The rise and uptake of the virtual desktop has enabled organisations to realise a number of benefits including improved user experience, better customer service and up to a 40% reduction in desktop support costs. Not to mention the ability for organisations to move from a CAPEX operating model to a more OPEX utility based platform.
Given the increases in services and solutions to date very little information has been made available about the sustainability and environmental benefit of a virtual desktop solution. With the rise in energy costs and environmental compliance the total environmental benefits of a virtual desktop solution have been to date undervalued.
Fujitsu has published a white paper that discusses the closely linked subjects of energy use and carbon emissions around the desktop environment. It looks at the potential decreased energy costs of deploying a virtual desktop solution based on Fujitsu Virtual Client Services (VCS), but also delves deeper into other tangible and intangible benefits such as more efficient maintenance, longer refresh cycles of desktop hardware, decreased heat load in buildings, ability to sweat assets longer and the potential reduced embodied carbon and emissions throughout the lifecycle of a virtual desktop. Continue reading
Our local Head of Sustainability, Lee Stewart, spent last week in the Borneo jungle planting over 1,000 trees as part of Fujitsu’s Rainforest Regeneration Project….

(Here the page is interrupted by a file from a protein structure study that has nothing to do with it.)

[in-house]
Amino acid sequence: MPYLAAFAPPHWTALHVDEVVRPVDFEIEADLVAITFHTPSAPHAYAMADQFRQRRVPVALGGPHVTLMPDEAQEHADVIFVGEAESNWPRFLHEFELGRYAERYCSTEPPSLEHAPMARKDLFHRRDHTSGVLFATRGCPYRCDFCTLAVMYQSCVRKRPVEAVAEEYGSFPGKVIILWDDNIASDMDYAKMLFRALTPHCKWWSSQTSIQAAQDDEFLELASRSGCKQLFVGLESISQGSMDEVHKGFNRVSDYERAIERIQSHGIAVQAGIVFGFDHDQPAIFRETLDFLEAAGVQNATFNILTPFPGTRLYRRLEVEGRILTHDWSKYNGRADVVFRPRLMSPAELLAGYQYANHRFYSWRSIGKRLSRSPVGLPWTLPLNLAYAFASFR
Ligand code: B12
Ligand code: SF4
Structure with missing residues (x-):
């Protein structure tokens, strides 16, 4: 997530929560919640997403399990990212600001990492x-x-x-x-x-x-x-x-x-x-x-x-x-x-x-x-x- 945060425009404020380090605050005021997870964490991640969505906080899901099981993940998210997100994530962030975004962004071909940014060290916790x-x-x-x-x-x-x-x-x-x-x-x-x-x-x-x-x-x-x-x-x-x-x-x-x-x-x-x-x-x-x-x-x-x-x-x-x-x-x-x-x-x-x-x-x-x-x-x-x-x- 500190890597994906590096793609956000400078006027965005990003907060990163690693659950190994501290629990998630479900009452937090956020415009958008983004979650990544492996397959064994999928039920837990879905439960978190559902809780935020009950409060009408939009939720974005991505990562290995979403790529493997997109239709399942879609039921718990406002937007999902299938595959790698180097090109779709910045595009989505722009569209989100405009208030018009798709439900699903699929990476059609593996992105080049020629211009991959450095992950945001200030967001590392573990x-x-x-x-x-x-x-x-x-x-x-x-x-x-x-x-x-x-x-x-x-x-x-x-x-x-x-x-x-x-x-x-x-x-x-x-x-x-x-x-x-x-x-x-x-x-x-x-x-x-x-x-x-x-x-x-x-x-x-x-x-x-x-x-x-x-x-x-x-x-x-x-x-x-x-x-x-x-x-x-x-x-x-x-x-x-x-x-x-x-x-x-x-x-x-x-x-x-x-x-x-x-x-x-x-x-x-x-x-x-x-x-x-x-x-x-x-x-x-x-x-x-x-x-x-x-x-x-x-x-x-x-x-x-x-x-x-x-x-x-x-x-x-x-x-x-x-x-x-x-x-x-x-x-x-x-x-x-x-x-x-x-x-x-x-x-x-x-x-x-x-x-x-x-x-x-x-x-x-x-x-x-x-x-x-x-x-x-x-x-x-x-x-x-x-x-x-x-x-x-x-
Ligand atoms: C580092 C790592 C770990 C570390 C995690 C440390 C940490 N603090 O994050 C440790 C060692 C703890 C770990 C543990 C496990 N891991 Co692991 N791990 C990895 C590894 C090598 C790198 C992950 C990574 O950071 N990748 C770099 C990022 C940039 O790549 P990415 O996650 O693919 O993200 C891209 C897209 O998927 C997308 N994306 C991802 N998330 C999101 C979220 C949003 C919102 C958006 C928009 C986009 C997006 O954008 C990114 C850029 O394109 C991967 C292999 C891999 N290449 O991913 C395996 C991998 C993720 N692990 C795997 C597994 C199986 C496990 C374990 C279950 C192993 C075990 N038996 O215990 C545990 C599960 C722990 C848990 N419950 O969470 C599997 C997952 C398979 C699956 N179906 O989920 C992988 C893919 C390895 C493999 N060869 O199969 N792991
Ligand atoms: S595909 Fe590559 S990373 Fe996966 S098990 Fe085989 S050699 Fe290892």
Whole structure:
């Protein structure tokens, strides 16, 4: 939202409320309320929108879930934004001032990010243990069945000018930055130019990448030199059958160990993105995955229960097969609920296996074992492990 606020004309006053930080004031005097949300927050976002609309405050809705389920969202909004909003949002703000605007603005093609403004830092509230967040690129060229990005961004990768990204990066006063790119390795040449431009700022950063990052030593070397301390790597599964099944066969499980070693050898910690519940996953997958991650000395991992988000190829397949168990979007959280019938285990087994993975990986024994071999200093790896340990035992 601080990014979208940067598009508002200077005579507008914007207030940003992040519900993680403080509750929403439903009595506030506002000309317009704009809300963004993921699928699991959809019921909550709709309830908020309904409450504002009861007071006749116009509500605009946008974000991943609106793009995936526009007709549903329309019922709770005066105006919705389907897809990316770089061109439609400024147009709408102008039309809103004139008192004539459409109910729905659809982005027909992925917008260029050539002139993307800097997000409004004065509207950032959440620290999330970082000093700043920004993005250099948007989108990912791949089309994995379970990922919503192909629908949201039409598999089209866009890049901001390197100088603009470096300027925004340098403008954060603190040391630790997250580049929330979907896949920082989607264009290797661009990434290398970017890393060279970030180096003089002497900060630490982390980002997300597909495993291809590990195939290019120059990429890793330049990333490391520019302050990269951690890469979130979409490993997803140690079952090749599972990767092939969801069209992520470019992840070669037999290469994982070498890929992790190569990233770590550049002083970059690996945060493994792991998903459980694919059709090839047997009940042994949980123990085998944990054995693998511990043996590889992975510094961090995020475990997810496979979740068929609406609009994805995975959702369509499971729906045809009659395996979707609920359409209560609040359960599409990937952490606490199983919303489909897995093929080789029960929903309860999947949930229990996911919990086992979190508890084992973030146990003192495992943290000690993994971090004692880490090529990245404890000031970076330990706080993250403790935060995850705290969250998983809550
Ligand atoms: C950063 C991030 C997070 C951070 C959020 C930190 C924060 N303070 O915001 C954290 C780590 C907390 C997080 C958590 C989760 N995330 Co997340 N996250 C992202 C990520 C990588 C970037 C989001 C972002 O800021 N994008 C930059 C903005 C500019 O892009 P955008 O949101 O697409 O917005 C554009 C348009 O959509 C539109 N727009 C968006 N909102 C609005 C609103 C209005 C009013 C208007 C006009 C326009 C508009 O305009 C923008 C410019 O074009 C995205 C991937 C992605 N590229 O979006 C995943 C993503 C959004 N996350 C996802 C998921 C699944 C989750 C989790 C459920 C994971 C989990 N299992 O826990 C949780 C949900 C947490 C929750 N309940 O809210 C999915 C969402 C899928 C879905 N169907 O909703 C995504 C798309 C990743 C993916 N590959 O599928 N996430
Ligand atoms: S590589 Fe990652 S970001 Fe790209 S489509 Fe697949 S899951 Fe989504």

Last week I was fortunate to be one of five Fujitsu Australia and New Zealand staff who spent four days in the Borneo Jungle taking part in the Fujitsu Rainforest Regeneration Project. Under testing conditions of 35+ degree heat with 70% humidity the team along with 50 other Fujitsu staff from over 8 different countries took part in numerous activities including measuring bio diversity, determining tree growth, maintenance and also planting seedlings.Rainforests are an extremely important part of our eco system they are responsible for around 40% of the world’s oxygen turnover. They are also nicknamed the world’s pharmacy as over a quarter of the world’s natural medicines have been discovered there. What is really amazing is that scientists still think that there may be millions of species of plants and insects that are yet to be discovered which may hold also the key to many medical cures.Lead by Fujitsu Japan the relationship with the local park in Borneo dates back over ten years and is a regular calendar event where Fujitsu staff work in collaboration with locals. As a direct result of the work done by Fujitsu staff over the years the park now has over 39,000 new native trees.